Guide to FOIP-Chapter 4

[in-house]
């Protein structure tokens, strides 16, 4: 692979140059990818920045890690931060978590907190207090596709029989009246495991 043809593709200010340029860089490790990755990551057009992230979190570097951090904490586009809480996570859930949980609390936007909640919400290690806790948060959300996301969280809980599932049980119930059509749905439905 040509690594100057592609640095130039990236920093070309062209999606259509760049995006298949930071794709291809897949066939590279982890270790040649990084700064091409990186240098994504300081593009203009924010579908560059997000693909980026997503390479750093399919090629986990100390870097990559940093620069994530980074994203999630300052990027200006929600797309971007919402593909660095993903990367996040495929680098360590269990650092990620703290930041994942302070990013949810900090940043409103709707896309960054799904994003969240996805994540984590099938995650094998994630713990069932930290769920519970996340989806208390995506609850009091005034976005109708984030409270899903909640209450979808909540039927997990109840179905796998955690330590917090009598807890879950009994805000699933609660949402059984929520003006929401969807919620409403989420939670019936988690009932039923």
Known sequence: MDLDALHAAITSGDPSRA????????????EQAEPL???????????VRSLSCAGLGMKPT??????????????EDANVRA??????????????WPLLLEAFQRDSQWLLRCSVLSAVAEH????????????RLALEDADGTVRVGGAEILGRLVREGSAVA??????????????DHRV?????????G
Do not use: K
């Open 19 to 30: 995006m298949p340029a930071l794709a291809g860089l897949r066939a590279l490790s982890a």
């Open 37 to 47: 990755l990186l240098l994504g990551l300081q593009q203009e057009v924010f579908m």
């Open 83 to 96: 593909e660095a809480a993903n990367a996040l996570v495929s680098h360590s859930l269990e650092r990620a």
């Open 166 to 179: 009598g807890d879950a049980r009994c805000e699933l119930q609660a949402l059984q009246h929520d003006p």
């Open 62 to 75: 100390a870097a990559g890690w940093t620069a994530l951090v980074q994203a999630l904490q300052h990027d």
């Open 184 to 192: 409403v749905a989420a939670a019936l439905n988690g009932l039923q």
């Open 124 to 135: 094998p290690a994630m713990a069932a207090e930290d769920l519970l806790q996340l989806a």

Office of the Saskatchewan Information and Privacy Commissioner. Guide to FOIP, Chapter 4, Exemptions from the Right of Access. Updated 8 April 2024. 108 • The consideration and discussions of the reasons for and against a measure by a number of councillors.399 A deliberation can occur when there is a discussion or consideration of the reasons for or against an action.400 It can refer to discussions conducted with a view towards making a decision.401 Deliberations can include outcomes or decisions of Cabinet’s deliberative process, topics of deliberation, and priorities identified by the Premier, even if they do not ultimately result in government action.402 A decision is a determination after consideration of the facts.403 In Supreme Court of Canada decision, Ontario (Attorney Genera) v. Ontario (Information and Privacy Commissioner), 2024 SCC 4, the court explained the deliberative process and that it isn’t always conducted at a boardroom table behind closed doors and this must be taken into consideration: [46] To begin, Cabinet’s deliberative process consists of discussion, consultation, and policy formulation between the Premier, individual ministers, and Cabinet as a whole — informed by the advice of civil servants every step along the way. The first minister, as head of Cabinet, enjoys extensive powers within Cabinet’s deliberative process by convention. In many regards, the role and activities of the Premier are inseparable from Cabinet and its deliberations. First ministers preside over Cabinet, set Cabinet agendas, determine Cabinet’s membership and its internal structure (e.g., the number, nature, and membership of Cabinet committees), set Cabinet procedures, and have the right to identify the consensus and determine what Cabinet has decided (Hogg and Wright, at §§ 9:5-9:6). 399 Canada (Information Commissioner) v. Toronto Port Authority, 2016 FC 683 (CanLII) at [85]. The Federal Court of Canada relied on the definitions found in the Treasury Board Secretariat’s Access to Information Manual which were based on the ordinary meaning of these words. The manual can be found at Definition consistent with The Shorter Oxford English Dictionary on Historical Principles, Oxford University Press 1973, Volume 1 at p. 409. Similar definition used in R. v. McDonald, 2003 NSPC 34 (CanLII) at p. 3 and Canada (Information Commissioner) v. Canada (Minister of the Environment), [2007] 3 FCR 125, 2006 FC 1235 (CanLII) at [65] and [66]. 400 AB IPC Order 96-006 at p. 10. Service Alberta, FOIP Guidelines and Practices: 2009 Edition, Chapter 4 at p. 180. Adopted in SK OIPC Review Report F-2004-001 at [12]. 401 Originated from ON IPC Order M-184 at p. 3. Adopted in SK OIPC Review Report 187-2015 at [19]. 402 Ontario (Attorney Genera) v. Ontario (Information and Privacy Commissioner), 2024 SCC 4 at [62]. 403 Garner, Bryan A., 2019. Black’s Law Dictionary, 11th Edition. St. Paul, Minn.: West Group at p. 511.